As my older daughter shakes her head, trying to fend off trouble, my younger daughter, wicked gleam in her eye, asks, “Is Grandma disgusting?”
This scientist daughter is the chief contender for the Rascally Aunt position in the family. Not long ago she gave the little one a chicken that squawks. Before that, she gave our son’s children small stuffed toys in the exact anatomical shapes of e coli and halitosis, the bacteria that cause intestinal distress and bad breath, respectively.
Of course the little voice repeats, “Is Grandma disgusting?” Emphasis on the –gust.
I crack up and so does her mother, which makes it difficult to redirect the conversation.
I can’t get too grumpy about this accusation though, even if it weren’t so funny. I’ve studied child development and I know the task of threes: to generate language. To this end, they ask the endless whys, even about things to which they already know the answers. They are driven by curious minds to provoke us adults into spewing forth a gush of words, in the hopes that some interesting ones will emerge—words that sound fun and energetic. Like disgusting—three bouncy syllables, several different consonant and vowel sounds, altogether pleasing to play with.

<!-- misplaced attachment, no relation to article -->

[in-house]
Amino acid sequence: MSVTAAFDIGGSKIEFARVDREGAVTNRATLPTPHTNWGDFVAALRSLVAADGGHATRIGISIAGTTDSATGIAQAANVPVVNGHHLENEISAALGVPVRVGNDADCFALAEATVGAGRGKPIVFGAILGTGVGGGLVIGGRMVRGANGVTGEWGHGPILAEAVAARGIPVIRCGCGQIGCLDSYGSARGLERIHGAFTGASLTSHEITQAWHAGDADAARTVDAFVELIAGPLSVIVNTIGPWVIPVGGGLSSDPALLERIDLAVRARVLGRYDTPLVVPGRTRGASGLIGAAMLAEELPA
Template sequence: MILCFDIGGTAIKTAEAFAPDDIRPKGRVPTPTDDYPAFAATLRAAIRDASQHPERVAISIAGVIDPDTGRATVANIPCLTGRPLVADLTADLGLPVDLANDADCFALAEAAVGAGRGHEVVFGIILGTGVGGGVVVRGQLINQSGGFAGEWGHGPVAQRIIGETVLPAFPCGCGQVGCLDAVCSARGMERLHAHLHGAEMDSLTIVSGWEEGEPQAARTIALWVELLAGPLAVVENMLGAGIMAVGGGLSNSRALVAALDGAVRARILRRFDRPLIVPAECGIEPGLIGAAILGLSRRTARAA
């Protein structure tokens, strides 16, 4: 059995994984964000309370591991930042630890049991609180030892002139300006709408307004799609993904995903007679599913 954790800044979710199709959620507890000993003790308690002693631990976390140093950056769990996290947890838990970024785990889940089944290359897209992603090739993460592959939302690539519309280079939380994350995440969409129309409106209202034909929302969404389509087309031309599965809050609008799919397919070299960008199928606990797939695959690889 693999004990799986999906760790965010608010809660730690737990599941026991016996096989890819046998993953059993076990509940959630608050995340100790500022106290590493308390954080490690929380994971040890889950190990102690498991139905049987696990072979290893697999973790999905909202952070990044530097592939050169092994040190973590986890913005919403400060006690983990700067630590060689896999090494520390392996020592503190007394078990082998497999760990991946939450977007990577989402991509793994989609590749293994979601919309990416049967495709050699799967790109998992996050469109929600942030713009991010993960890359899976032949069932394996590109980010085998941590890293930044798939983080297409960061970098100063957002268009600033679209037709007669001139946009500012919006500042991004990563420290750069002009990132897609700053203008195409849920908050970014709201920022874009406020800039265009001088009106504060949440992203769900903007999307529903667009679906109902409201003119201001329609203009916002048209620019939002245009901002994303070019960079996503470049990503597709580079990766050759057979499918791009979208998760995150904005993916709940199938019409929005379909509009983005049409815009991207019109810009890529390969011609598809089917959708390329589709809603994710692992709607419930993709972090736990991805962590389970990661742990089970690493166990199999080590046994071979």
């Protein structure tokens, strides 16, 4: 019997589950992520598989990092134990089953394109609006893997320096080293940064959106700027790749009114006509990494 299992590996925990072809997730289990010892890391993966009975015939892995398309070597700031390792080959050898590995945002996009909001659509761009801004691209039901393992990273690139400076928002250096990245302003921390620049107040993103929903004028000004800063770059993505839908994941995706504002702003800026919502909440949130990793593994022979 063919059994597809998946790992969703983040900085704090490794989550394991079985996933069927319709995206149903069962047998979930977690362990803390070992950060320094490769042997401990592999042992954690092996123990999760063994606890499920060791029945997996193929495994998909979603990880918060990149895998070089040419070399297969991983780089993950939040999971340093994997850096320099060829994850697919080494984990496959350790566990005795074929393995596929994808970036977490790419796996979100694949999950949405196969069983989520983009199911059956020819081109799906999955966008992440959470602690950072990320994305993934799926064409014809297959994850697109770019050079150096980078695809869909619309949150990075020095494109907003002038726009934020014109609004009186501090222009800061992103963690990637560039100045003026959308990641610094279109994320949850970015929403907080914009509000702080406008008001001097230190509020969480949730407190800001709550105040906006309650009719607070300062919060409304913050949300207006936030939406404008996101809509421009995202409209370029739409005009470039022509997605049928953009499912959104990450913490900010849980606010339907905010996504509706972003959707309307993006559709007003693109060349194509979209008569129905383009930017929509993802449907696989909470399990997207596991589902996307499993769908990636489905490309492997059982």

The room is mostly in laughter at this point. I have tears pouring down my cheeks.
Our son-in-law, sweet man that he is, gathers his daughter into his lap. He will fix this. “Grandma is not disgusting,” he explains. “Grandma loves you. She plays with you and reads you books. That is not disgusting.”
If he stops there, I might recover, but no.
“Disgusting is like when the cat got sick,” he continues. “When she threw up on the rug, that was disgusting.”
I am now completely gone, lost, out of control, belly aching with endless laughter. Those sick cat images… in direct juxtaposition with Grandma. I know this small mind will forever link the two. It’s too much.
And I can’t blame the little one. She is just living up to her potential. Rascally genes run strong in the women in our family. As does the love of words; we all devour books. I am a fiction writer and teacher of writing. Her mother is a teacher and freelances as an editor. Her aunt writes crisp and lucid nonfiction. So of course she will hear and repeat and snare all interesting words in her vicinity. It is her birthright, her heritage. Disgusting? Anything but.